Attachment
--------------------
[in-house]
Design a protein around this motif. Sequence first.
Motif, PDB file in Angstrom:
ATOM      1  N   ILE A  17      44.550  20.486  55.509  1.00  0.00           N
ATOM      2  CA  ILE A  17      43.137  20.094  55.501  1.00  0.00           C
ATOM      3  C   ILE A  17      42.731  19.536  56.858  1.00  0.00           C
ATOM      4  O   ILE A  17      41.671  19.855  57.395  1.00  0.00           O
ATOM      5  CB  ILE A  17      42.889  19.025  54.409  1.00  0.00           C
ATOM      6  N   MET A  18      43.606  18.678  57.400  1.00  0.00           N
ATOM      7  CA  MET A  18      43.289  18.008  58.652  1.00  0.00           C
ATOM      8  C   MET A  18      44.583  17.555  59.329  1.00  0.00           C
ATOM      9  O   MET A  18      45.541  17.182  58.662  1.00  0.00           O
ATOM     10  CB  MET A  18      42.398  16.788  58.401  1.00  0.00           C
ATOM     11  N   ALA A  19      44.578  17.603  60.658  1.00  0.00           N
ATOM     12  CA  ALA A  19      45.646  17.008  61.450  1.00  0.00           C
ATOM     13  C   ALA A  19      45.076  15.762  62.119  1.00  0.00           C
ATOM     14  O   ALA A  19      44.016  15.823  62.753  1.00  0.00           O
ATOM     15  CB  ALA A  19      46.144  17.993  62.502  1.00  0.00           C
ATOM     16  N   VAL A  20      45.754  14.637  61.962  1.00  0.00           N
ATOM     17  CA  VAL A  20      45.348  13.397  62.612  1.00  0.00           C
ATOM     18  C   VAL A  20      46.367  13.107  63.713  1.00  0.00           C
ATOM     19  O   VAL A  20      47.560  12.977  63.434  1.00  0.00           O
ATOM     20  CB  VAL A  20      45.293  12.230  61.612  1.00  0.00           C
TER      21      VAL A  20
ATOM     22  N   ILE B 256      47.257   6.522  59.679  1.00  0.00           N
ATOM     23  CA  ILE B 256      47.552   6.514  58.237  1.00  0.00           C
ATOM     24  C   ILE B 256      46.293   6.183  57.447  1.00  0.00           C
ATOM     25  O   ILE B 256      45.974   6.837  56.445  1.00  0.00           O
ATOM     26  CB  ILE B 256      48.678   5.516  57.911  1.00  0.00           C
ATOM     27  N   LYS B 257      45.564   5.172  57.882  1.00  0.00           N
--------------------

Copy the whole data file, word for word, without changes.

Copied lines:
[in-house]
Design a protein around this motif. Sequence first.
Motif, PDB file in Angstrom:
ATOM      1  N   ILE A  17      44.550  20.486  55.509  1.00  0.00           N
ATOM      2  CA  ILE A  17      43.137  20.094  55.501  1.00  0.00           C
ATOM      3  C   ILE A  17      42.731  19.536  56.858  1.00  0.00           C
ATOM      4  O   ILE A  17      41.671  19.855  57.395  1.00  0.00           O
ATOM      5  CB  ILE A  17      42.889  19.025  54.409  1.00  0.00           C
ATOM      6  N   MET A  18      43.606  18.678  57.400  1.00  0.00           N
ATOM      7  CA  MET A  18      43.289  18.008  58.652  1.00  0.00           C
ATOM      8  C   MET A  18      44.583  17.555  59.329  1.00  0.00           C
ATOM      9  O   MET A  18      45.541  17.182  58.662  1.00  0.00           O
ATOM     10  CB  MET A  18      42.398  16.788  58.401  1.00  0.00           C
ATOM     11  N   ALA A  19      44.578  17.603  60.658  1.00  0.00           N
ATOM     12  CA  ALA A  19      45.646  17.008  61.450  1.00  0.00           C
ATOM     13  C   ALA A  19      45.076  15.762  62.119  1.00  0.00           C
ATOM     14  O   ALA A  19      44.016  15.823  62.753  1.00  0.00           O
ATOM     15  CB  ALA A  19      46.144  17.993  62.502  1.00  0.00           C
ATOM     16  N   VAL A  20      45.754  14.637  61.962  1.00  0.00           N
ATOM     17  CA  VAL A  20      45.348  13.397  62.612  1.00  0.00           C
ATOM     18  C   VAL A  20      46.367  13.107  63.713  1.00  0.00           C
ATOM     19  O   VAL A  20      47.560  12.977  63.434  1.00  0.00           O
ATOM     20  CB  VAL A  20      45.293  12.230  61.612  1.00  0.00           C
TER      21      VAL A  20
ATOM     22  N   ILE B 256      47.257   6.522  59.679  1.00  0.00           N
ATOM     23  CA  ILE B 256      47.552   6.514  58.237  1.00  0.00           C
ATOM     24  C   ILE B 256      46.293   6.183  57.447  1.00  0.00           C
ATOM     25  O   ILE B 256      45.974   6.837  56.445  1.00  0.00           O
ATOM     26  CB  ILE B 256      48.678   5.516  57.911  1.00  0.00           C
ATOM     27  N   LYS B 257      45.564   5.172  57.882  1.00  0.00           N